The Duke of Cambridge has admitted to the guilty secret of watching the show Pimp My Ride.
William's confession came as he and wife Kate visited the central London headquarters of youth charity XLP to learn about its work training mentors to help troubled young people.
The royal couple heard the stories of teenagers who have benefited from the programme after their lives were blighted by issues like knife crime, mental health problems and gang violence.
One former gang member Sephton Henry, who flourished after having a mentor and now uses his experiences to lecture police, teachers, probation officers and others about gang culture, gave a chilling account of his former life.
But in a lighter moment XLP (The eXceL Project) founder and chief executive officer Patrick Regan told the audience how the Cambridges had visited some of the charity's projects last year and saw the organisation's mobile recording studio set-up in a former police van.
The van was featured on the MTV show Pimp My Ride in 2008 and was transformed into the studio, proving a popular attraction with young people.
When the charity's founder asked "anyone seen the programme Pimp My Ride?" there was laughter and a number of people put their hands up, as did William who chuckled.
Mr Regan carried on joking, and said when he told staff William was making a return visit, he was asked: "Can you get him to rap in the van?"
When Mr Henry, 27, was asked to come forward he told the audience gathered at All Hallows-on-the-Wall: "I spent 18, 19 years homeless, sleeping on sofas, been in prison seven different times - I've been shot at, stabbed, been bricked, bottled, run over."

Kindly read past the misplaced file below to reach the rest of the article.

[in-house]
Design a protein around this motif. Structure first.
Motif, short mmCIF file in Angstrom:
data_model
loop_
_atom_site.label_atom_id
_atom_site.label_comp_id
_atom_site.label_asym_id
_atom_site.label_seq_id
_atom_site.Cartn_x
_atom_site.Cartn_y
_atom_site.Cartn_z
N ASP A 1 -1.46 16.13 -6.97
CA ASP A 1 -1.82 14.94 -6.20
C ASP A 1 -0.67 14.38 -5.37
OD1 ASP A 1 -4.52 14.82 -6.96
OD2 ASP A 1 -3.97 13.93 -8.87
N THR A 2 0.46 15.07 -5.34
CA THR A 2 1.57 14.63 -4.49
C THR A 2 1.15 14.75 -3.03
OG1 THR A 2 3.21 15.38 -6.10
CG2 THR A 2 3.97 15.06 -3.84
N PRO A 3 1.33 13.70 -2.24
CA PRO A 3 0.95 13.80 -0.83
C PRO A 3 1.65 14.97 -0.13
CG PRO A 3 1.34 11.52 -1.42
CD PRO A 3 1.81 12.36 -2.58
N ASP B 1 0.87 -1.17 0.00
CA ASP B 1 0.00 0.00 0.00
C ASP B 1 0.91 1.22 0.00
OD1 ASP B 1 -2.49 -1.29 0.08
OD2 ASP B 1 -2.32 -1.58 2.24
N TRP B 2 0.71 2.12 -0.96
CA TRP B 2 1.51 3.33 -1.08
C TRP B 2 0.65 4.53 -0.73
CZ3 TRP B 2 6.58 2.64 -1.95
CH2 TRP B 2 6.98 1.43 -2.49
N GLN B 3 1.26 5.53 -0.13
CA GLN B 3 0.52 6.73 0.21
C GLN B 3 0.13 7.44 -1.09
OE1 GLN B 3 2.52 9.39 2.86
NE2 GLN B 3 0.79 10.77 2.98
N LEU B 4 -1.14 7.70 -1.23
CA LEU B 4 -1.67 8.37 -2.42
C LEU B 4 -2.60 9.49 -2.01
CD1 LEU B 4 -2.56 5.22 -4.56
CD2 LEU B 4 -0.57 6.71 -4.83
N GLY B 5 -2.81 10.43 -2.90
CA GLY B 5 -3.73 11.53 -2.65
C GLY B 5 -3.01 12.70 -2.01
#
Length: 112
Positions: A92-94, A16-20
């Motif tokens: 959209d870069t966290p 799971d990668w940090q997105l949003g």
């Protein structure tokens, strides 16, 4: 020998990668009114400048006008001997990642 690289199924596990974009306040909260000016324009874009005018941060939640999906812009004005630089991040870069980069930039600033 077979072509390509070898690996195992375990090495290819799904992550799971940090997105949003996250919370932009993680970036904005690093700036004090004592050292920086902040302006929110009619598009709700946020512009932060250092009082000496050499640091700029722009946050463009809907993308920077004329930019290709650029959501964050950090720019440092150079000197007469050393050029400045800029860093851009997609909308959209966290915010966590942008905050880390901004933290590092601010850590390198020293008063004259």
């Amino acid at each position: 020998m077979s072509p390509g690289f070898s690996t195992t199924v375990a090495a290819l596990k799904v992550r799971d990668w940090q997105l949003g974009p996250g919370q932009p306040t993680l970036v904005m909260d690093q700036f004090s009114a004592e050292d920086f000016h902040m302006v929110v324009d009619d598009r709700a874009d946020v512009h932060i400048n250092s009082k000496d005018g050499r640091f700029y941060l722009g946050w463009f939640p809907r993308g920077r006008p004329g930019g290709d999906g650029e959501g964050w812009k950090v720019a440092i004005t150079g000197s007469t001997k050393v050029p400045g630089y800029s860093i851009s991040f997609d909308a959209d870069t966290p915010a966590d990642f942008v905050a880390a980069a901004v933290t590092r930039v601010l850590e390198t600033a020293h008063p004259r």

The former gang member, from Greenwich, south-east London, described the approach of his mentor, Ethan Bernard, 34, who joined him on stage: "Most people judge and punish instead of discipline and guide, Ethan showed me hope and didn't judge, showed you can actually change."
The mentor said about the young man he helped: "It was a challenge I really wanted to accept having gone through many of the similar issues."
During the event William and Kate, who wore a red outfit by bespoke label Eponine London, heard an original song, Heaven Help Me, by mentee Basia Bozzao, 20, from south-east London who talked movingly about her battle with mental health issues.
Afterwards they were presented with a CD of the song and Mr Regan told them he hoped to hear it "blasting out from Kensington Palace" and William quipped: "Do we get the van? I want the van."
Mr Regan, 42, set up XLP in 1996 after doing youth work in a school and seeing the issues young people face.
XLP now works in more than 75 schools in London helping young people who are facing emotional, behavioural and relationship challenges.
Its mentor programme sees at-risk 11 to 18-year-olds matched with a community mentor who commits to providing them with two hours face-to-face time each week for a minimum of 12 months.
More than 90% of beneficiaries have either remained in or returned to school and are doing well after a year with a mentor.
Mr Regan told the audience: "I remember meeting a kid who wore a bullet proof vest under his school uniform and he said 'I'll be dead by next week'.
"He got stabbed through the neck six weeks later. He survived. I met a 14-year-old girl who said her biggest aim in life was to be a single mum.
"So I found 17 people to give me £25 per month and I started XLP."
Miss Bozzao met William and Kate after her performance and commenting about their visit said: "It's so important, especially where mental health is concerned. It's such a taboo subject and the issues aren't talked about. They are so important and can raise much more awareness and hopefully help a lot of people.
"The fact that they wanted to come and the fact that they want to help mental health is incredible. It's the first time I have shared anything like that and then sung the song."